Background: Angiogenesis has recently attracted considerable attention as a component of airway remodeling in bronchial asthma. Vascular endothelial growth factor (VEGF) is highly expressed in asthmatic airways, and its contribution to airway remodeling has been reported. Although angiogenesis is regulated by a balance of angiogenic and antiangiogenic factors, the relative levels of antiangiogenic factors in asthmatic airways have not been evaluated.
Objective: We sought to determine whether an imbalance between angiogenic and antiangiogenic factors exists in asthmatic airways.
Methods: We simultaneously measured VEGF and endostatin levels and evaluated their correlation and balance in induced sputum from 18 steroid-naive asthmatic subjects and 11 healthy control subjects. After initial sputum induction, asthmatic subjects underwent 8 weeks of inhaled beclomethasone dipropionate (BDP; 800 microg/d) therapy, and sputum induction was then repeated.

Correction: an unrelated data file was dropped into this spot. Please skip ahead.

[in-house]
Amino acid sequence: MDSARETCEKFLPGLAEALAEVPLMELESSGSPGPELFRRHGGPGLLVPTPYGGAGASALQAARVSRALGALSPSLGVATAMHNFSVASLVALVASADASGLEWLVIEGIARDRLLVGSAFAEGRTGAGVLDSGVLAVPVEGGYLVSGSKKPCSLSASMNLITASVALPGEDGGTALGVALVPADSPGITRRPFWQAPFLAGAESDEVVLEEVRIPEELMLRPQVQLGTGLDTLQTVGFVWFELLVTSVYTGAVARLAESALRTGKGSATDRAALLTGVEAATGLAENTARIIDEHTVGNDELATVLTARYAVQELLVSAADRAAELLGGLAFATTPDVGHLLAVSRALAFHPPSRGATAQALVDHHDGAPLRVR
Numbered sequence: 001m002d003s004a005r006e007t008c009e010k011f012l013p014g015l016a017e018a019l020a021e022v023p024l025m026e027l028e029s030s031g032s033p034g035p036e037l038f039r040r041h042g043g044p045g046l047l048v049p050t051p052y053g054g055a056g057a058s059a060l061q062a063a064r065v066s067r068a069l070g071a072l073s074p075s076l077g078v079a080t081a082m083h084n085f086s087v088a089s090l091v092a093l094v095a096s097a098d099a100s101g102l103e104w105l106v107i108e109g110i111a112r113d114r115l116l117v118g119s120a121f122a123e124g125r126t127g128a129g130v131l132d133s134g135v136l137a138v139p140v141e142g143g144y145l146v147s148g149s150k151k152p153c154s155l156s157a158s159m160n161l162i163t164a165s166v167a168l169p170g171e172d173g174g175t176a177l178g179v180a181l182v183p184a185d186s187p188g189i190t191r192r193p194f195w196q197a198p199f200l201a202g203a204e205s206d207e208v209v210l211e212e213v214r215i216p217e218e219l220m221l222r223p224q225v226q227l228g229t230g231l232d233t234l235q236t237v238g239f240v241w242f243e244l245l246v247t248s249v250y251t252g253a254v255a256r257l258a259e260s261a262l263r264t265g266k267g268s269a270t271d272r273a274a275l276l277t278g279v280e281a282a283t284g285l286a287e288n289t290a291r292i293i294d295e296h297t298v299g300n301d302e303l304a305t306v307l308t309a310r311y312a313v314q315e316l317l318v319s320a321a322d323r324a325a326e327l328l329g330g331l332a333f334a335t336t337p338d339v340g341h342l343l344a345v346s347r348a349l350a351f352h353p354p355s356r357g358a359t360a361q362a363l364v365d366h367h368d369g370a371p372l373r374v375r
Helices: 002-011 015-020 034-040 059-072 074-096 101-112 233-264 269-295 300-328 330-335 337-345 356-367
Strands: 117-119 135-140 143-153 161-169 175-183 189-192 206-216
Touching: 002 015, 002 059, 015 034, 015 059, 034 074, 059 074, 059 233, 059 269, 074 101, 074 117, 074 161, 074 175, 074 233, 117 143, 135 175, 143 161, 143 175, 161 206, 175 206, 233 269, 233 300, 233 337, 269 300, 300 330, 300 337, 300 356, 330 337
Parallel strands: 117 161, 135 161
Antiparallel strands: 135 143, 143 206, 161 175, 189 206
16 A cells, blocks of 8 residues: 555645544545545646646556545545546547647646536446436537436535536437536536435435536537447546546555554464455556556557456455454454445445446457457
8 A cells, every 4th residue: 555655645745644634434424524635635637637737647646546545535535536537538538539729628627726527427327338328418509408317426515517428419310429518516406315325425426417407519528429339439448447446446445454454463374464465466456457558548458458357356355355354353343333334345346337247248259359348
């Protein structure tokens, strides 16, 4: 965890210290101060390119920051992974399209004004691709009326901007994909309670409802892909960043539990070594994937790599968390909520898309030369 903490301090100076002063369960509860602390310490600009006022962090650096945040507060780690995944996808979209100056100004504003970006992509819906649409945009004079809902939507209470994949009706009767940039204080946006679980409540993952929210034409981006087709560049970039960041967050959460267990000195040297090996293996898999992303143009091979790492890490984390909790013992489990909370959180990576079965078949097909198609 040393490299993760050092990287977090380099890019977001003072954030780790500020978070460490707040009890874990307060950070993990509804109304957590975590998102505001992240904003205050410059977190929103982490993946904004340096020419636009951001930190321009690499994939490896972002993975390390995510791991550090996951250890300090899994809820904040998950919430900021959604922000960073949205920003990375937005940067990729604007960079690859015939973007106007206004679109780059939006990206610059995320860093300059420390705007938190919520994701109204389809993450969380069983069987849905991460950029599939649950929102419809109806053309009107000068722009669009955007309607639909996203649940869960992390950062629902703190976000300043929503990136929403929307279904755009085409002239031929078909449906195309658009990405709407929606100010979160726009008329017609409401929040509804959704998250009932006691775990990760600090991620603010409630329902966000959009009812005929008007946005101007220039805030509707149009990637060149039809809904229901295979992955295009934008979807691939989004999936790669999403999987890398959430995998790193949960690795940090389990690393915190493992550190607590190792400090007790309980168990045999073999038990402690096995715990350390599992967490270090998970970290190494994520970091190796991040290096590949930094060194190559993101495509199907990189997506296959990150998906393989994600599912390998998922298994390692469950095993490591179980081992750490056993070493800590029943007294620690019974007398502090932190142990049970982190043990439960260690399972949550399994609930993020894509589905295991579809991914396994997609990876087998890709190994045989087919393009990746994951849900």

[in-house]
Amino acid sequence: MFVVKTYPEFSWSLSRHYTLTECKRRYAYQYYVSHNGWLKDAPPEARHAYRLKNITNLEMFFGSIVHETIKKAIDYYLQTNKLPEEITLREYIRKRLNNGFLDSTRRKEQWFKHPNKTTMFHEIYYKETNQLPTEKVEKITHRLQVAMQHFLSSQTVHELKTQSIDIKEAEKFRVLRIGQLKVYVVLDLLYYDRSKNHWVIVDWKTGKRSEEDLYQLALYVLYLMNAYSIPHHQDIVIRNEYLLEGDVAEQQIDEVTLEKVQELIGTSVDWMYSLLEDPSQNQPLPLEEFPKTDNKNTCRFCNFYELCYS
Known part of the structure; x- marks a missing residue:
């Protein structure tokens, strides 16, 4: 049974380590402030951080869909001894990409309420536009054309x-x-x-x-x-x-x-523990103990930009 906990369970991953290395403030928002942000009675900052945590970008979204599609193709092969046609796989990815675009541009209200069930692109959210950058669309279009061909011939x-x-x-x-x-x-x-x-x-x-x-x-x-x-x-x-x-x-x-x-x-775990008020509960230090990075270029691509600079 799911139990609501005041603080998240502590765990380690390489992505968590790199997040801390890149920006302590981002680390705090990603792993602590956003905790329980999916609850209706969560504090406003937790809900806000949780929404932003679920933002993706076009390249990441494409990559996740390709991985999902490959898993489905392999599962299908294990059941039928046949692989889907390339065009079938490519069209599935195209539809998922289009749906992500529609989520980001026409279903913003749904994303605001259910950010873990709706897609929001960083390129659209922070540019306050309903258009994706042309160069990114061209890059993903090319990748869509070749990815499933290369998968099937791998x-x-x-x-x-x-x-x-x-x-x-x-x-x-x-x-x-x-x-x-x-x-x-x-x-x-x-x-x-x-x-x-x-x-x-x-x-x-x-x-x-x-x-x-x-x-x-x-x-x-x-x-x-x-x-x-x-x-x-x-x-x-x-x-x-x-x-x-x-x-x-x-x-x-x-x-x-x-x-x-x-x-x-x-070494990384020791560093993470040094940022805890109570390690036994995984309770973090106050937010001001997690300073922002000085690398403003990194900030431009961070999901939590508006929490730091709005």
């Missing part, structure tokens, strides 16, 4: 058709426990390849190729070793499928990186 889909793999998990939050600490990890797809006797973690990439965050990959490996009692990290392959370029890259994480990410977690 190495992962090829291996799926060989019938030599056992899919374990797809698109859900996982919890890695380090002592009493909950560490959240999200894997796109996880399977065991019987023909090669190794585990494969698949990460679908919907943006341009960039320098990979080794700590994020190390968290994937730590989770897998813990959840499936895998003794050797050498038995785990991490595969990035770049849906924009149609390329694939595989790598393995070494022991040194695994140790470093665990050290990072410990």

Results: VEGF and endostatin levels in induced sputum were significantly higher in asthmatic subjects than in control subjects (P <.001). There was a significant correlation between VEGF and endostatin levels in both control subjects (r = 0.995, P <.001) and asthmatic subjects (r = 0.923, P <.001). Moreover, the VEGF/endostatin level ratio in asthmatic subjects was significantly higher than that in control subjects (P <.0001). After 8 weeks of inhaled BDP therapy, the VEGF level in induced sputum in asthmatic subjects was significantly decreased (P <.001), whereas the endostatin level was not. A correlation between VEGF and endostatin levels existed even after BDP therapy (r = 0.861, P <.001). Moreover, the VEGF/endostatin level ratio was significantly decreased to the same level as in the control subjects after BDP therapy (P <.0001).
Conclusion: There was an imbalance between VEGF and endostatin levels in induced sputum from asthmatic subjects. This imbalance might play an important role in the pathogenesis of bronchial asthma through its effects on angiogenesis.